We are in Northern Ontario Canada, So our winters are typically -40 Celsius! So this is what we prepare for! I'm thinking propane would be our best bet. We have a CO detector right now because we have a propane heater so i'm thinking we should just stick with propane! I haven't heard of anywhere up here providing large butane outdoor tanks, im thinking because if how cold it is!

We will be venting the fridge so we would need another form of ventilation for our stove top. Any suggestions? From someone who has a propane stove like this? It states it is suitable for indoors for cabins, RV's and hunt camps. I assume with proper ventilation?

https://www.homedepot.ca/en/home/p.1000806618.html

 
Brittany Petrenko
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Michael Newby wrote:Another thing to keep in mind is that if you chose to run butane for your stove you're probably going to have to make some changes to your refrigerator to enable it to run off butane or you're going to be dealing with two systems.

I agree with Al, I would stick with propane if it's readily available.


Thanks Michael, yes it doesn't seem worth it when we can have everything hooked up to propane instead of going between the two!
 
allen lumley
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Brittany Petrenko :You can ask here for more opinions but from late fall through to late spring I personally would not vent your refrigerator outdoors !

During most of that time the air in your cabin is going to be very Dry, The Refrigerator will just keep pumping Water vapor back into your inside air -

I know all the reasons for venting, but all that vented hot air will be replaced by cold outside air and my Scottish heritage just won't let me do it. For

the hot months yes, but not during icicle weather!

For the kind of money they want for a 2-burner stove you should be able to get a 4 burner Apartment sized stove with an oven 2nd hand! And don't take

the 1st one you see older units that run on propane will have heavier cast iron burners not burners stamped or pressed into shape, and look at the grates

that support Your cooking pots! They should be heavy cast iron and not stamped . if you cover them with a pot like you would cook a couple of lobsters in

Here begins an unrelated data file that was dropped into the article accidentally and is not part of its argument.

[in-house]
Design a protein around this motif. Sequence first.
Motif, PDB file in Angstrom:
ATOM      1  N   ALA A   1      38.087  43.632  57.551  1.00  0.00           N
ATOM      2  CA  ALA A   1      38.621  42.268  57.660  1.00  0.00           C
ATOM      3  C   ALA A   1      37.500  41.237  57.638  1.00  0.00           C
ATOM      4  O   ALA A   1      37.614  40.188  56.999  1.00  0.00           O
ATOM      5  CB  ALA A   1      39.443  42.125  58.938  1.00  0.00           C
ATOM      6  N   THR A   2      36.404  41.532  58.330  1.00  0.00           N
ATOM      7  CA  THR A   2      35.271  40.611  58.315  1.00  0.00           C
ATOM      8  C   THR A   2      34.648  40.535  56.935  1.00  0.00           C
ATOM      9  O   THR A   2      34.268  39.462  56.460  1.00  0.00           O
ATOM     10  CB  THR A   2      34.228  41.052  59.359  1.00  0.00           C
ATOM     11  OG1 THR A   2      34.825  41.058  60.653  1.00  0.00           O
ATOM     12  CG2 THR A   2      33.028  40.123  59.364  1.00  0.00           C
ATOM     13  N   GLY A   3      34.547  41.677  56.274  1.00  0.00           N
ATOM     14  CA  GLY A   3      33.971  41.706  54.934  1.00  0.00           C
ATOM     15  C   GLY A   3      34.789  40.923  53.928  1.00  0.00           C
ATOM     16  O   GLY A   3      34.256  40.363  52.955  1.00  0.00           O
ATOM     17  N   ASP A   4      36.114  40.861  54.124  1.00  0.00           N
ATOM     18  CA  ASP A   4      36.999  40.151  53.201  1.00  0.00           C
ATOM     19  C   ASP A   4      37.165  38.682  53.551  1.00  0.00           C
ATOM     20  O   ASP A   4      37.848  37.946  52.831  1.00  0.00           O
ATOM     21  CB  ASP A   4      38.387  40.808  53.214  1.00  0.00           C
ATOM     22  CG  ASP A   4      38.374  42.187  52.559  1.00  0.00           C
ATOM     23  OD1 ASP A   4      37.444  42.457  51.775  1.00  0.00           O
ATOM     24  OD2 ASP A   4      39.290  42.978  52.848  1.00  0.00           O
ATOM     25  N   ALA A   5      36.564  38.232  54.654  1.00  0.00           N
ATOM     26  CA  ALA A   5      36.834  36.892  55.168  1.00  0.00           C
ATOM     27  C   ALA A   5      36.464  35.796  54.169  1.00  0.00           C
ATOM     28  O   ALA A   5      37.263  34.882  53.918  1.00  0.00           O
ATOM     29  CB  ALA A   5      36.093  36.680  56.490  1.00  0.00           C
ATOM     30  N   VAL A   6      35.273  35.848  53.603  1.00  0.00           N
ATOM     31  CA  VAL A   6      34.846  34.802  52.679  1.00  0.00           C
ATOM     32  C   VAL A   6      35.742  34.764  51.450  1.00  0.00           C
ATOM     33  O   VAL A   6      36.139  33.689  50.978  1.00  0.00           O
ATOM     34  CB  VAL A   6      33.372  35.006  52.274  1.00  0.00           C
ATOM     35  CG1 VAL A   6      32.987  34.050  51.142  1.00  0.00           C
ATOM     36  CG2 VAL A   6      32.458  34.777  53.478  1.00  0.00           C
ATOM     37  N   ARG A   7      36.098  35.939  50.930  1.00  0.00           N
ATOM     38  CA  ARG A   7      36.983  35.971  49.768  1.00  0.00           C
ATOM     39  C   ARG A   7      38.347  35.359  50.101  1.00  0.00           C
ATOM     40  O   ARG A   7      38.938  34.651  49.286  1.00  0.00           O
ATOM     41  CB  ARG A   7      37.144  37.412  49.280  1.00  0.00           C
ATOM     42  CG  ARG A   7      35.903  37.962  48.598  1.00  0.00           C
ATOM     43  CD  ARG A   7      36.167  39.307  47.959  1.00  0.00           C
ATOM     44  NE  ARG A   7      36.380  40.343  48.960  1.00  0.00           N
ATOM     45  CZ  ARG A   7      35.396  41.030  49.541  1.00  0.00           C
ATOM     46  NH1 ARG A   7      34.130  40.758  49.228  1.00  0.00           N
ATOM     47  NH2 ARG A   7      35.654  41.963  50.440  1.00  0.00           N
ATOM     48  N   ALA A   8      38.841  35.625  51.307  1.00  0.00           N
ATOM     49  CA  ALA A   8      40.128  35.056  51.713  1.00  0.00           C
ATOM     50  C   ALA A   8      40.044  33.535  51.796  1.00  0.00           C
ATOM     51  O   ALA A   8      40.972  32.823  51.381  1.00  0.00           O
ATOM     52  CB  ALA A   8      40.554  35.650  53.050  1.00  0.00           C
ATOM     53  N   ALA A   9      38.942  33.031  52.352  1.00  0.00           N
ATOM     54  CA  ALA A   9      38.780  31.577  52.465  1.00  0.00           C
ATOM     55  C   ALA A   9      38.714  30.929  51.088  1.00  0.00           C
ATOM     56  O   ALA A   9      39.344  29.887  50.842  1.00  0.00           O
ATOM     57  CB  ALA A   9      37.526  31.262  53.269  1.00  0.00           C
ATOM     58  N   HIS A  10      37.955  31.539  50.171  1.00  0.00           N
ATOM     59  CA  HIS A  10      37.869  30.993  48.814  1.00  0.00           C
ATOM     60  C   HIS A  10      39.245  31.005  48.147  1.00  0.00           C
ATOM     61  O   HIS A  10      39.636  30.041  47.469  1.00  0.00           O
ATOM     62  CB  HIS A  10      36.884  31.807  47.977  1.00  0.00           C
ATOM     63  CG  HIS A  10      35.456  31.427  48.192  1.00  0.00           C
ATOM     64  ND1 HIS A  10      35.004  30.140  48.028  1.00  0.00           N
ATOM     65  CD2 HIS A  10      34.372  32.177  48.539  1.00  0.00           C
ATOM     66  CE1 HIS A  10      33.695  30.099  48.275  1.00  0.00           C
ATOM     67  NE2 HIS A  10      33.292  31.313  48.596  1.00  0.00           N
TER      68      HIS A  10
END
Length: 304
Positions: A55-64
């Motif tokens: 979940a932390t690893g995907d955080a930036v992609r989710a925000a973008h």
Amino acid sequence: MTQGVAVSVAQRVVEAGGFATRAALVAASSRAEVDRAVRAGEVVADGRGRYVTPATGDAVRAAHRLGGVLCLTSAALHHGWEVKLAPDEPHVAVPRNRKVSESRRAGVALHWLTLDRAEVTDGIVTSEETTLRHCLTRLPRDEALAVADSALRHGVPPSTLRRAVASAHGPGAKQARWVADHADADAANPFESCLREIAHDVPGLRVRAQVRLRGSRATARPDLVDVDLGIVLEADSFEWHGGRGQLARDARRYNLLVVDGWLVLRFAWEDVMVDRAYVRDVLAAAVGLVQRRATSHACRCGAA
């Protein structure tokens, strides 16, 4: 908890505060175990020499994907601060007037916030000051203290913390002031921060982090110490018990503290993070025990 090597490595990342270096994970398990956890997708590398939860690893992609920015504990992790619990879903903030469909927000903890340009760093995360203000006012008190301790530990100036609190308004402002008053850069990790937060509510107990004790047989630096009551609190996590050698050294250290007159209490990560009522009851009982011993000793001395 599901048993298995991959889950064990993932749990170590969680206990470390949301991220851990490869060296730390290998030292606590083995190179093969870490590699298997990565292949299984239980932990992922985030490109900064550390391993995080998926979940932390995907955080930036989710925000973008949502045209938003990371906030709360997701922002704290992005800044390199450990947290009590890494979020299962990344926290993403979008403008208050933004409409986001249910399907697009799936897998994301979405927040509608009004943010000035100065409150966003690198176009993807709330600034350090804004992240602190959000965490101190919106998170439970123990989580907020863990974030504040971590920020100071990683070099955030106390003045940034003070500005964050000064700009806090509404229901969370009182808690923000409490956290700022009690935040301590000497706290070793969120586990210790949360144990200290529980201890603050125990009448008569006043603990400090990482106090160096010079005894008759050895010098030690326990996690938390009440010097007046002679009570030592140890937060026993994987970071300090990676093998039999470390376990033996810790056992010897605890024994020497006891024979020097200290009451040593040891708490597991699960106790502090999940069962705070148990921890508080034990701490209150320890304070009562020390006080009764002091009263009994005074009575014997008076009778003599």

or a dozen ears of corn the pressed burners and grates will over heat and warp. Try Craigs list, or Habitat for Humanities RE-Stores, or place an ad in your

local paper ! For the Crafts ! Big AL
 
kevin stewart
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And if you do decide on a used propane stove with oven look around at nearby auto junkyards. See if they have any RV's. All sorts of stoves and fridges. Look for the water pump while you're at it.

I used the butane on my boat and those little cylinders are just too expensive.

 
John Master
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propane indoors would probably be the easiest, also rocket stoves are good for outdoor use in the summer and easy to make and fuel with cuttings.
 
Brittany Petrenko
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Hi Kevin,

Unfortunately we don't have room for a full stove so the bbq and counter top burner are our only options!

Now al,
I've heard of fridges freezing because of the venting in the winter but wouldn't it be dangerous to not vent the fridge outside?
 
S Bengi
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Use a fan to mix the hot(roof) and cold(floor) air in the house. If you are worried about the air containing too much CO, then get a super sensitive CO monitor and adjust you cold air intake into the house. With outside being -40C and inside being 20C a difference of 60C I don't see a problem with cold fresh air Forcefully finding it's way into your house.
 
Brittany Petrenko
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Thanks everyone! All great information!

The fan suggestion for circulating hot and cold air; is this suggestion for the fridge or for the cook top? I don't want to lose our heat so I think we will get a very sensitive CO detector and see how that goes.

We were told the amount of propane the fridge would be burning wouldn't be much especially since we know our home isnt completely sealed. In summer months we always have window open anyways!